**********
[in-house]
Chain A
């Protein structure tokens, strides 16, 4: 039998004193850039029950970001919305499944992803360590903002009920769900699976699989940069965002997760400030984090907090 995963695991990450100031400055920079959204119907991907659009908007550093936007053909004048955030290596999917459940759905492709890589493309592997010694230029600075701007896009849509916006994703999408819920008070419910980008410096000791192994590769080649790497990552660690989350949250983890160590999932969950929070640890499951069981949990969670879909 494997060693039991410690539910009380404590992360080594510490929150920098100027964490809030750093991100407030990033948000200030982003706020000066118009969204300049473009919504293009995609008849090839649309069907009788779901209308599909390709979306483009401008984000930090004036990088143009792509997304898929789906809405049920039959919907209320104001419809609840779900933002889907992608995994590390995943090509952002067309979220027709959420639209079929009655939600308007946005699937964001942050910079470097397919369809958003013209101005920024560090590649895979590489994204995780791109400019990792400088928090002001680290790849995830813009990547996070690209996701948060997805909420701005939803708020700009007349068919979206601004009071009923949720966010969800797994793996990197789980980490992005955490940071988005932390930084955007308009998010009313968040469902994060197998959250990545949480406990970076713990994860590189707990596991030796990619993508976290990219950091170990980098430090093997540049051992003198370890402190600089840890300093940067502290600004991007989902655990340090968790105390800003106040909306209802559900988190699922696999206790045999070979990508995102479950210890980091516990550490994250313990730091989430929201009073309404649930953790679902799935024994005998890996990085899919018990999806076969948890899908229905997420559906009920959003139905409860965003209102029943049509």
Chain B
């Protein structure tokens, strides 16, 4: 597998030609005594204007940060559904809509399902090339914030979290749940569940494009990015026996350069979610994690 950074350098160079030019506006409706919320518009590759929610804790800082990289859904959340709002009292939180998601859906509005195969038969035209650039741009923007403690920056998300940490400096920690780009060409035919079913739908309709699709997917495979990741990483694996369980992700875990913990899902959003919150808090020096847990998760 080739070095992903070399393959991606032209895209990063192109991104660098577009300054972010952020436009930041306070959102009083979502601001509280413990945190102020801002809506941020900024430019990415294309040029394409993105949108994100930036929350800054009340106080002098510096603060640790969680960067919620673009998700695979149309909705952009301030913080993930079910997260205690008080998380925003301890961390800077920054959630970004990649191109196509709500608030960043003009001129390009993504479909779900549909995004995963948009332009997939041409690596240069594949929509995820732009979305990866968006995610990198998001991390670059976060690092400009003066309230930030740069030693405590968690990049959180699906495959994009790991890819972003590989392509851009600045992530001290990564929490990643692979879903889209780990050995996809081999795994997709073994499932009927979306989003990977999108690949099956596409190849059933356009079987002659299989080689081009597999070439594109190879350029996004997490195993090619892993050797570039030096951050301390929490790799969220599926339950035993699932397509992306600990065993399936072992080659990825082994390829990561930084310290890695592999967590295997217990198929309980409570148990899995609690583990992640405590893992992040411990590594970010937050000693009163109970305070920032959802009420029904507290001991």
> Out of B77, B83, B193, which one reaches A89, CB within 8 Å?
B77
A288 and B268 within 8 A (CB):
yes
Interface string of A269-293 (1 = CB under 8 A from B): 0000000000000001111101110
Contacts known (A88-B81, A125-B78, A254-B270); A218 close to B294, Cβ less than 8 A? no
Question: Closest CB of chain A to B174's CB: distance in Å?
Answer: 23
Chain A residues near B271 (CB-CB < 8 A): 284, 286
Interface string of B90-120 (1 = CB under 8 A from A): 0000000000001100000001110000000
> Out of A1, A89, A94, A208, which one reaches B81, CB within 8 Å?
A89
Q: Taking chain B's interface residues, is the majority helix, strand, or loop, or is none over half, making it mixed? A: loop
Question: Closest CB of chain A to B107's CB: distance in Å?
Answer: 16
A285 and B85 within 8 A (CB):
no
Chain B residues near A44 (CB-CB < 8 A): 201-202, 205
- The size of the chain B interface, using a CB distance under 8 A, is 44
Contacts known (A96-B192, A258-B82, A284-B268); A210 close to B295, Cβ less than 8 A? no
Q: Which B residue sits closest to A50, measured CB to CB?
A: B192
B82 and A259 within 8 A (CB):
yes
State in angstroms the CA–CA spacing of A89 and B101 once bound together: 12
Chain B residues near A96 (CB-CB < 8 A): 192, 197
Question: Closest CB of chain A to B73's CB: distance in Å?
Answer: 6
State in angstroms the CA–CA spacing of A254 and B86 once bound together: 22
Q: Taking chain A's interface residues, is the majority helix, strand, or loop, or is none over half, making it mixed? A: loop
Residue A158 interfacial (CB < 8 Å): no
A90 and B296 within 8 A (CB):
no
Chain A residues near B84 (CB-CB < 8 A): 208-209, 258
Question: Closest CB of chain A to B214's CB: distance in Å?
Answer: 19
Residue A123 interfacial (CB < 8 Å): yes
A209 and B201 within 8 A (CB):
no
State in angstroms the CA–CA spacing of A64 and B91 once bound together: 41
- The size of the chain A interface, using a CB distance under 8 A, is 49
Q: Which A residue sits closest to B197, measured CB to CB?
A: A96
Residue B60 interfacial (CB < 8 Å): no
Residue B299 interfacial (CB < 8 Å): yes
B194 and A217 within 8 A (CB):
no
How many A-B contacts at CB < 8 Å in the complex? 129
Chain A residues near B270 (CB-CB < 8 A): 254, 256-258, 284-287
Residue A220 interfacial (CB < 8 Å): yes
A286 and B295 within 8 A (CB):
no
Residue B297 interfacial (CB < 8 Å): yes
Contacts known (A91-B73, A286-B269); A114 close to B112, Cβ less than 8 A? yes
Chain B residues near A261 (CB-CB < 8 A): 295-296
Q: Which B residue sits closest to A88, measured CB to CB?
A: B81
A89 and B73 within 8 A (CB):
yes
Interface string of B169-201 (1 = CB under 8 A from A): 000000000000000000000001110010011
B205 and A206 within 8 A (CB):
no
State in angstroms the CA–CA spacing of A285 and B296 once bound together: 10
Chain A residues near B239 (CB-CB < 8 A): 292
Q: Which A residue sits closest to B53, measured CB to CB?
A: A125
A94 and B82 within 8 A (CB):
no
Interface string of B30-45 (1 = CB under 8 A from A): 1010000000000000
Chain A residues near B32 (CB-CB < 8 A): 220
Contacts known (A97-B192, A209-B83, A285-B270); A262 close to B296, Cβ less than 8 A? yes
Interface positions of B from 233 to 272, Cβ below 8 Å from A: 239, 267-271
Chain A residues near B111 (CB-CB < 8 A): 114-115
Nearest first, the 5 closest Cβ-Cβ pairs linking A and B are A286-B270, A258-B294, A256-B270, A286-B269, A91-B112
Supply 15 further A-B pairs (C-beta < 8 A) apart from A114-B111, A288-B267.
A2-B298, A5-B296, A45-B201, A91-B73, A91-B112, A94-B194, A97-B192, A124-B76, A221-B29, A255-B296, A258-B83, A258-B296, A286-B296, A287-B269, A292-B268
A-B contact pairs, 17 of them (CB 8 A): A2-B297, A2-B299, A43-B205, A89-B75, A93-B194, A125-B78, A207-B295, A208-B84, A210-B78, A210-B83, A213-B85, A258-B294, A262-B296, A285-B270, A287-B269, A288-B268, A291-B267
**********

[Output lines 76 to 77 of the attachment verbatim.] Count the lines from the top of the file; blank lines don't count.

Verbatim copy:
Contacts known (A97-B192, A209-B83, A285-B270); A262 close to B296, Cβ less than 8 A? yes
Interface positions of B from 233 to 272, Cβ below 8 Å from A: 239, 267-271